A popular post from April 2008
by Annette Lyon
Don't. Unless you know what you're doing. Really.
In some of my editing work recently, I've come across an interesting trend among aspiring writers: a huge number of them seem to think that writing in first-person present tense makes their work better or sound more literary or intellectual.
The truth is that it's the author's voice, word choice, pacing, description, and so much more that make them sound good, literary, or intellectual.
If the author has the skill to pull off both first person and present tense, it's a nice layer of icing. But it's not the cake.
Worse, when done poorly, first-person present tense can turn into a real mess, like a lopsided cake with crumbs in the icing and entire chunks missing.
Most fiction, even with first-person point of view, is written in the simple past tense:
I walked, I ate, we drove.
There's a lot of excellent first-person present tense fiction out there:
I walk, I eat, I drive.
In other words, the piece feels like it's happening right now as you read it.
One of my personal favorite books written in first-person present is Lolly Winston's Good Grief. It's a fantastic book, one that's funny, poignant, and abounding in excellent writing all around. In a discussion with some friends recently, one pointed out that it was written in present-tense, and another friend, who counts that book as one of her favorites, had to go pull it off her shelf to check. Sure enough, it was present tense. Huh. She hadn't noticed.
And that's how it should be. The nifty tools you use as a writer shouldn't be out there flashing in the reader's face. They should be used for a reason, and that reason needs to be more than, "It'll make me look good." Because chances are, it won't.
Present tense can provide a different style and feel to your work than past tense. It can make the story feel more immediate. And it does have its place. One of the pieces I edited did it very well—and really needed to be in present tense because of the structure, tone, and events of the piece. But most of the others that used it would have been better off with plain old past tense.
Those pieces felt like awkward toddlers trying to get their feet under them as they try to use first-present present, as if they're declaring, "Look at me! I'm a writer! I really am!" Instead, they should have analyzed why they wanted to use present tense—what effect were they trying to create, and will present tense help them get there? In the vast majority of cases, the answer was unclear at best and a resounding, "NO" at worst.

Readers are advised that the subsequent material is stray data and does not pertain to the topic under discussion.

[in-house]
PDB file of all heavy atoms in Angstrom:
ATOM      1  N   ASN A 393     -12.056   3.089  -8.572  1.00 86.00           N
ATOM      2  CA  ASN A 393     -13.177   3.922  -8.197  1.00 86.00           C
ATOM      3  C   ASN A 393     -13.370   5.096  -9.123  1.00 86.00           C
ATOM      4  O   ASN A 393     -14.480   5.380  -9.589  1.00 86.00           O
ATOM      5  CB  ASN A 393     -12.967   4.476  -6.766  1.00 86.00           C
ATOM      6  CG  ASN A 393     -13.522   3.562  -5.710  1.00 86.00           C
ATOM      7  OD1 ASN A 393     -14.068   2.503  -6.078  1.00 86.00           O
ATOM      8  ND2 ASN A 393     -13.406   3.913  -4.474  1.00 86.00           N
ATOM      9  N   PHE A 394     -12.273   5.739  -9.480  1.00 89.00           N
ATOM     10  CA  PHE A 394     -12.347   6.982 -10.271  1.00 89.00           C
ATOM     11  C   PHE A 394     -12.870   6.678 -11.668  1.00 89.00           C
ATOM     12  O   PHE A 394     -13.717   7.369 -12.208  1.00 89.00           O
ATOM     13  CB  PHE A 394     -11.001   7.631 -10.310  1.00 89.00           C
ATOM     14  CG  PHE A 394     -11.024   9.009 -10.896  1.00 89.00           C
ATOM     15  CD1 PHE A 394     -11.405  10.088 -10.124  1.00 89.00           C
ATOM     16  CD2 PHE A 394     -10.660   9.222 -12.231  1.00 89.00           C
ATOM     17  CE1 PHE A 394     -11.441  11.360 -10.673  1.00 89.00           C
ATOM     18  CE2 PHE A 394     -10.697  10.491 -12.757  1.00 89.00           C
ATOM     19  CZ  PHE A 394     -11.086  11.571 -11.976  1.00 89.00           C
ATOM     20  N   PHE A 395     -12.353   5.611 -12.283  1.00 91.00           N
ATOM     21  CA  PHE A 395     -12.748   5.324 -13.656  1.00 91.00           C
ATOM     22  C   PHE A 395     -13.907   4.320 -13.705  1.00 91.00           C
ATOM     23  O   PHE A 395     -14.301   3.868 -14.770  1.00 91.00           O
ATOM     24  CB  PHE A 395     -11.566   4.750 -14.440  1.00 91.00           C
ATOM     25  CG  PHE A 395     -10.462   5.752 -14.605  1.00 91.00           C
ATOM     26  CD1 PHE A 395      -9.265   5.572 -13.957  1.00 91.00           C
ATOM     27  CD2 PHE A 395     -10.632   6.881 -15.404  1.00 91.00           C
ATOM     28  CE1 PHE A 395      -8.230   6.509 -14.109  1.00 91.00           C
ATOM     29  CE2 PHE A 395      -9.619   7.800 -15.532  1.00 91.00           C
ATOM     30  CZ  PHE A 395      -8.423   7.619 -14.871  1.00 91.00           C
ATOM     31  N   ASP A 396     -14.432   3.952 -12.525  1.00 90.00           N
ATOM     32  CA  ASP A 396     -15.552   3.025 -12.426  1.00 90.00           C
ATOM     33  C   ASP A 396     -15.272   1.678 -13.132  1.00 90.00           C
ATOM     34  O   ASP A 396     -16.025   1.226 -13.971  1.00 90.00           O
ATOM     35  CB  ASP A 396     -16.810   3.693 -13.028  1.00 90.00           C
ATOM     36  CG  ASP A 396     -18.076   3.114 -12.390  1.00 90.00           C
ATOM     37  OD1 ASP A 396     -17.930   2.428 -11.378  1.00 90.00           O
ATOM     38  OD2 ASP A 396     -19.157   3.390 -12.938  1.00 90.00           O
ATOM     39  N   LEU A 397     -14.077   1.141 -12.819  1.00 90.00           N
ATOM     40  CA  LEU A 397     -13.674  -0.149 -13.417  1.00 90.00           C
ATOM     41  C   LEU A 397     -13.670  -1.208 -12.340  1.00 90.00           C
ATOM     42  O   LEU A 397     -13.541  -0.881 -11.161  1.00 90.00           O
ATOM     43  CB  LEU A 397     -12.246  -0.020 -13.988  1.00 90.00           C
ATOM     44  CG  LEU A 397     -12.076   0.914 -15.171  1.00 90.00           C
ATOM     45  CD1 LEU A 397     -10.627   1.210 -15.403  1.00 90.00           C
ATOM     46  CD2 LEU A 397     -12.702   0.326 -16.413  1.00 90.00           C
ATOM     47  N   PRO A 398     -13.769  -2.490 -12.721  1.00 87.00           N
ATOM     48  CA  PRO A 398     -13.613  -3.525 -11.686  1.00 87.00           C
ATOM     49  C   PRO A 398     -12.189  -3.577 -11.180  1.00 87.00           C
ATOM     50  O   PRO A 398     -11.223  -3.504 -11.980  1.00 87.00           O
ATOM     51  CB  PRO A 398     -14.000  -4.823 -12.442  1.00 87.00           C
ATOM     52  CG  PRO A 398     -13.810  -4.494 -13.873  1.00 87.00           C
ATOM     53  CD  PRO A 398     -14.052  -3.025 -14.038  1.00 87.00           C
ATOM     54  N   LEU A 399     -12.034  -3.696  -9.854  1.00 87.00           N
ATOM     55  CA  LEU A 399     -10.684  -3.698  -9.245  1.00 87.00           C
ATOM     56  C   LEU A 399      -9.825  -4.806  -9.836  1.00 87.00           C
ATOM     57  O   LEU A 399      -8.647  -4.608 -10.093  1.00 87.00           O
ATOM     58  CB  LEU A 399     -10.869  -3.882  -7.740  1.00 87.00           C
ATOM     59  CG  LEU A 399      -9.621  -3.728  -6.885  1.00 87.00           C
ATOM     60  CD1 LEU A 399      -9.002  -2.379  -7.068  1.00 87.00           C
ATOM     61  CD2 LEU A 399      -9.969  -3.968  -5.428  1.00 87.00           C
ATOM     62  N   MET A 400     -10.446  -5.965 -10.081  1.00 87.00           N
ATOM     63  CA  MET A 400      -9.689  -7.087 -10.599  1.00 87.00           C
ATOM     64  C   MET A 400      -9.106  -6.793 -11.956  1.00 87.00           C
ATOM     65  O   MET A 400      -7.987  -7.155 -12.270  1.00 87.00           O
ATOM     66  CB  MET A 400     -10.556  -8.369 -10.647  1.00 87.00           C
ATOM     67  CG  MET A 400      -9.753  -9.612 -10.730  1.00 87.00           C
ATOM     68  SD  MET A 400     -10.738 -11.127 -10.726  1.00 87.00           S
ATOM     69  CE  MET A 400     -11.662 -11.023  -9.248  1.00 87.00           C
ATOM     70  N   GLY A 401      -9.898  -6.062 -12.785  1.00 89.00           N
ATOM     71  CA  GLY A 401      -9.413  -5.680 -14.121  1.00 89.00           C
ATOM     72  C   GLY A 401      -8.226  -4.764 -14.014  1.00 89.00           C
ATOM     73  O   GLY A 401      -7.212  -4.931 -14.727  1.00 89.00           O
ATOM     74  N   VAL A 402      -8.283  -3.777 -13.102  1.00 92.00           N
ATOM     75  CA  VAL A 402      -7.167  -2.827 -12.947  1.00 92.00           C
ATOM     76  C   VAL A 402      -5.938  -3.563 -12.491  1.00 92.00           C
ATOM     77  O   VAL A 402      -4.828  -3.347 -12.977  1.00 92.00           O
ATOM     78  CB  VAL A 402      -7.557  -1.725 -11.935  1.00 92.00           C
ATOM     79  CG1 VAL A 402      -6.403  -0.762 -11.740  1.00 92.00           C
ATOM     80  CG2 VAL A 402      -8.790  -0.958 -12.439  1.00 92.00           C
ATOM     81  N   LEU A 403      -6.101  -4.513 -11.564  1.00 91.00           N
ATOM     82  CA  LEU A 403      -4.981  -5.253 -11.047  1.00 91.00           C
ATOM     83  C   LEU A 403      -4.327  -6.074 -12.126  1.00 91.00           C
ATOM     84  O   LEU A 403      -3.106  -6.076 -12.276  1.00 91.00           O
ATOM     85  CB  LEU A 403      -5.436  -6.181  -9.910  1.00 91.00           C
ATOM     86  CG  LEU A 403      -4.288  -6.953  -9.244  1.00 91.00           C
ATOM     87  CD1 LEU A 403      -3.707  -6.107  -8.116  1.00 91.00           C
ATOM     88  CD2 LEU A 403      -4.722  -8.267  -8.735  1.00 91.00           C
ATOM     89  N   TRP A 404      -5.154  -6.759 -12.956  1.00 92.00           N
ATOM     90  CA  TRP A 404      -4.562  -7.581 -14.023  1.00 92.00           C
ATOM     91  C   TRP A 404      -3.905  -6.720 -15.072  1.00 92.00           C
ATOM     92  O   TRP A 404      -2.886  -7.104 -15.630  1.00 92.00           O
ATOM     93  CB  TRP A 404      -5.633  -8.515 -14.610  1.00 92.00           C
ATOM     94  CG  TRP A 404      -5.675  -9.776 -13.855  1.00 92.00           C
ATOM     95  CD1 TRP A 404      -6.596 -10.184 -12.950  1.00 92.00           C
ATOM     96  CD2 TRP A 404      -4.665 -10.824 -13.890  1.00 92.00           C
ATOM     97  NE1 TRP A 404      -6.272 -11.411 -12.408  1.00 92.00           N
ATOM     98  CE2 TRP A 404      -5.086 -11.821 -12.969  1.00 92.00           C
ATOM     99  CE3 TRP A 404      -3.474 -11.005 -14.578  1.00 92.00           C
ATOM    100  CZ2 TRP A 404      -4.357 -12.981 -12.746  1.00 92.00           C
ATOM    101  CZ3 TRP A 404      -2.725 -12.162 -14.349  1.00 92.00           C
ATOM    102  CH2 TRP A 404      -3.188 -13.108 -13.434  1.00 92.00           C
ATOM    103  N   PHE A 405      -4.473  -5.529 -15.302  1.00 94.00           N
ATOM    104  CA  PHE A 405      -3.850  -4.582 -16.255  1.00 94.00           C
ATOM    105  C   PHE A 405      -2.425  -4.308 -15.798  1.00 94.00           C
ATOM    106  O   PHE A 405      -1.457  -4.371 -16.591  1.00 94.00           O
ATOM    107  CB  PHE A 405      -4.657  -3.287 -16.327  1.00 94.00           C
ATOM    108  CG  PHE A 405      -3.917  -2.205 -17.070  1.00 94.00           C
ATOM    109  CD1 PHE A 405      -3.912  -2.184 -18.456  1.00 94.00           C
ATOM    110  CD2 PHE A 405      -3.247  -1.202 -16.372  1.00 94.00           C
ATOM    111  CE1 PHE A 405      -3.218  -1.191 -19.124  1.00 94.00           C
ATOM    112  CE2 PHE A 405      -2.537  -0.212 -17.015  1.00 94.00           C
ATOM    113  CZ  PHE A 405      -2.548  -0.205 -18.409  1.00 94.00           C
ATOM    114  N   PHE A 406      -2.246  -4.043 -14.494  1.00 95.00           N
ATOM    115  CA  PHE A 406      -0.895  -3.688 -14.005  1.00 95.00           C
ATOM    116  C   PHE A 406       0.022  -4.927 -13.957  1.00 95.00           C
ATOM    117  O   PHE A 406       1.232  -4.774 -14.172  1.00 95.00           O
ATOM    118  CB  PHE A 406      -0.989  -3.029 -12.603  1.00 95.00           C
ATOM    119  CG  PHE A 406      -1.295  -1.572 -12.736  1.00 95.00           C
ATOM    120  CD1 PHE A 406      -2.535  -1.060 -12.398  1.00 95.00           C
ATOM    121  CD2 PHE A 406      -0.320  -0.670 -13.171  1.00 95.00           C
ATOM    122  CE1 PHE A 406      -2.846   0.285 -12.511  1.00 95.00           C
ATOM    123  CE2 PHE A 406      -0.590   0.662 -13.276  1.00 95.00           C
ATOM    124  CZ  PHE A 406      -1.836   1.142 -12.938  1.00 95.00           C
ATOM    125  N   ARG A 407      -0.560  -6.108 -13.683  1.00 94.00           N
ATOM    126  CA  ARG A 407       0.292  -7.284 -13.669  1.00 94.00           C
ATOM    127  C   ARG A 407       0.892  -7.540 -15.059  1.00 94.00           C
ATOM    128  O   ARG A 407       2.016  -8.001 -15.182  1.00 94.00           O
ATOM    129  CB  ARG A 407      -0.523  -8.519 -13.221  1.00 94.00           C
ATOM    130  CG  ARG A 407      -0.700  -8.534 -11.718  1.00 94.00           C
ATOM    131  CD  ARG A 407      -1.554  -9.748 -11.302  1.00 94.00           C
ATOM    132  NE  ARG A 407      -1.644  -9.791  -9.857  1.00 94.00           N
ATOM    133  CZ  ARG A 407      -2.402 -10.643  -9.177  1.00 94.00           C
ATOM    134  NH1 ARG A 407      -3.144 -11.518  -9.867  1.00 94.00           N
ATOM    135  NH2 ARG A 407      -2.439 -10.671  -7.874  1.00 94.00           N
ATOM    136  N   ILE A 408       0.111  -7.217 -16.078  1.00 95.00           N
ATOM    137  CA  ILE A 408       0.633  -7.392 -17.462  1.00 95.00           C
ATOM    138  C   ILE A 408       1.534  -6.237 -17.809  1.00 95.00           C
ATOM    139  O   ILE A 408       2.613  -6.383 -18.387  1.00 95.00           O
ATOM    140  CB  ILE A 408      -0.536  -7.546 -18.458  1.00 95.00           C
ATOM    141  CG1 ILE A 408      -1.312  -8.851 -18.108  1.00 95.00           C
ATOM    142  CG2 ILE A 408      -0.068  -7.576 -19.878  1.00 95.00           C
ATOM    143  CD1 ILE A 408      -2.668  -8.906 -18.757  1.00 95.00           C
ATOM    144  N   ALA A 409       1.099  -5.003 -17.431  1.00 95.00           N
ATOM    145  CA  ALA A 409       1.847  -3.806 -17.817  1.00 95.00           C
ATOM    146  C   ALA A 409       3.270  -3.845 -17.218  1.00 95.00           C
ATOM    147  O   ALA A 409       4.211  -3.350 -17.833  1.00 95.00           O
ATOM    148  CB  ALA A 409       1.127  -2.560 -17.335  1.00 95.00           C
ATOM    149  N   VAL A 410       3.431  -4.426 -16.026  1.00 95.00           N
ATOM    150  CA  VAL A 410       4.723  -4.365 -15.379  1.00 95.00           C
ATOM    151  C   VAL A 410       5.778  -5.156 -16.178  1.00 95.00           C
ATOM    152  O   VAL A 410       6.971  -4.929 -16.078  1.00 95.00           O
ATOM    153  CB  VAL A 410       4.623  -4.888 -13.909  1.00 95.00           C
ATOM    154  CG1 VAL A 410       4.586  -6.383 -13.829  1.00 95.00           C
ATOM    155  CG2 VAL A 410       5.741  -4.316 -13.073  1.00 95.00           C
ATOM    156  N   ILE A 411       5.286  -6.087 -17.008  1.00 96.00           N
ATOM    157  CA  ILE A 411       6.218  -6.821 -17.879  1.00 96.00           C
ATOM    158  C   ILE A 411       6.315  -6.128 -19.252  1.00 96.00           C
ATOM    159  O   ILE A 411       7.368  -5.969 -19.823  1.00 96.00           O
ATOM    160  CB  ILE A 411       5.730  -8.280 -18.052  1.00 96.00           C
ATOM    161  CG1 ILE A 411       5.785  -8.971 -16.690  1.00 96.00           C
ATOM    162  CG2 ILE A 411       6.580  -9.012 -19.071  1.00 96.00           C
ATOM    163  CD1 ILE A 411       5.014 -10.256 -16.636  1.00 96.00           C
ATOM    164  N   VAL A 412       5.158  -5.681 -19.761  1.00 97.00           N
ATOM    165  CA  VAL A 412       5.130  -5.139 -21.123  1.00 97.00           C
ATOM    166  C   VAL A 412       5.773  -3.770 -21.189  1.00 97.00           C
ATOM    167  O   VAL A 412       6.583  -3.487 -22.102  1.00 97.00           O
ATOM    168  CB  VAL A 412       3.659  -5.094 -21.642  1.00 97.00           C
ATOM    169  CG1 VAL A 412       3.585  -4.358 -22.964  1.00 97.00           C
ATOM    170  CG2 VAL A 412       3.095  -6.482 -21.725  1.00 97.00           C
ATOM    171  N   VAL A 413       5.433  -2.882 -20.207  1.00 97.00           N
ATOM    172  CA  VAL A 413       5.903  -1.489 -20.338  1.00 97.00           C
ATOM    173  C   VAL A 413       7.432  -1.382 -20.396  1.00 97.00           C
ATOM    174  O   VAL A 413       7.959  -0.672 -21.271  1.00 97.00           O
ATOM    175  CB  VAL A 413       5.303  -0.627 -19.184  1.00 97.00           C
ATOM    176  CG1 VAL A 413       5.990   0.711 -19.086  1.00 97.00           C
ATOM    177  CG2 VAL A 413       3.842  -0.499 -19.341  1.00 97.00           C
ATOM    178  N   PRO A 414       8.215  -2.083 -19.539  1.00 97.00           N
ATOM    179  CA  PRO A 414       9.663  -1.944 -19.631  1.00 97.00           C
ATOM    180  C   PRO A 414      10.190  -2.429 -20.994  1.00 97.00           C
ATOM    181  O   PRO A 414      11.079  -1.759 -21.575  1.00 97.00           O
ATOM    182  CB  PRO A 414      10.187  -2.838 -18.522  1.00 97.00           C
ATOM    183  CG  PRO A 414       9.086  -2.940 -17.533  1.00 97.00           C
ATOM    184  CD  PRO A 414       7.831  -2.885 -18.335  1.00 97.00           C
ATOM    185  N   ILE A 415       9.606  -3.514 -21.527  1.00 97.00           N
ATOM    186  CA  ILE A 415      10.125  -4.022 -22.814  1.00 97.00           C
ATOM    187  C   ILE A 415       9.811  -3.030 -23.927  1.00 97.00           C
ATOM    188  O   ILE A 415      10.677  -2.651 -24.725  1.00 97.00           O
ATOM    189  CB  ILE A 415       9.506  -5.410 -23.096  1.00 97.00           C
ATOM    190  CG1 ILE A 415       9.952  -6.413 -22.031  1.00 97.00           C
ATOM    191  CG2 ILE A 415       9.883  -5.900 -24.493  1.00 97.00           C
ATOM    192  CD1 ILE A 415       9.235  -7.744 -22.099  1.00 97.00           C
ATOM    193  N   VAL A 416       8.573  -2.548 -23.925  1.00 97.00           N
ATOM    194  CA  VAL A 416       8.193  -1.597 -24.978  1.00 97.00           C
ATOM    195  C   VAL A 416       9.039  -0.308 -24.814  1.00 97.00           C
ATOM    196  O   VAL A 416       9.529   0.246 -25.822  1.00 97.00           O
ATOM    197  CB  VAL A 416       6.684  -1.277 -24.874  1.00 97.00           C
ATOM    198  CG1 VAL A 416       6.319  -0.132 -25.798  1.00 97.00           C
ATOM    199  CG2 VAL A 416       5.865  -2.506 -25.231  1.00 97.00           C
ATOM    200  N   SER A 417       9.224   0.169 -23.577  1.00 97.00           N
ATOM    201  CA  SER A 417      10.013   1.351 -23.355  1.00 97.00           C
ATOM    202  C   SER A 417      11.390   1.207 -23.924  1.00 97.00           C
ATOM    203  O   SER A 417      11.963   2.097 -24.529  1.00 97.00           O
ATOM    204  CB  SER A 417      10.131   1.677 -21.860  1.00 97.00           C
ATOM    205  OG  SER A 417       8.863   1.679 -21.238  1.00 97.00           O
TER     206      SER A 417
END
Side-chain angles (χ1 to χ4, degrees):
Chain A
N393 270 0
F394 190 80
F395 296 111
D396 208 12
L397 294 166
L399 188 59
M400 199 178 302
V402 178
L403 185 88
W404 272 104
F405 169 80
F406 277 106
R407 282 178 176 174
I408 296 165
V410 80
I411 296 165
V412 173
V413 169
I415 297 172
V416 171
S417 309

One major problem that creeps in with trying to write this way is accidentally falling into the wrong tense.
For example, if a writer includes a brief flashback into the past, it's all well and good, if they're now using past tense. You can't stay in present tense for a flashback. Doing so confuses the timeline for the reader.
("Wait. Isn't this a memory? Then why does it say it's happening now?")
Similarly, when you come back from the flashback, be sure to stay in the present tense. It's easy for a writer to accidentally slip into past tense (we're all more familiar with it, after all) and then go back to present tense, but it's very hard on a reader to keep everything straight. The back-and-forth reads clunky and amateurish.
And a lot of times, a story can be told more effectively in the simple past tense. It's a voice most readers are very familiar and comfortable with. A present tense version might call attention to itself . . . in a bad way.
If you do decide to use first-person, present tense, fine. But be sure you can handle it. It's one more plate to keep in the air, and if you let that one fall, it's going to make a huge crash.
The great news: you don't need present tense to be a great writer. In fact, I recommend not using it at all unless and until you have a great handle on all those other plates you need to keep in the air. (Things like plot, characterization, pacing, point of view, dialogue and more . . . that's a lot of plates.)
Don't assume that this is a plate you need to sound good. Some of the best writers in history never gave it a passing glance. Using it well doesn't mean you're extraordinary.
But if you do eventually decide to pick it up, don't do it until you know precisely why it might make your piece more effective and you know—really know—how to juggle it.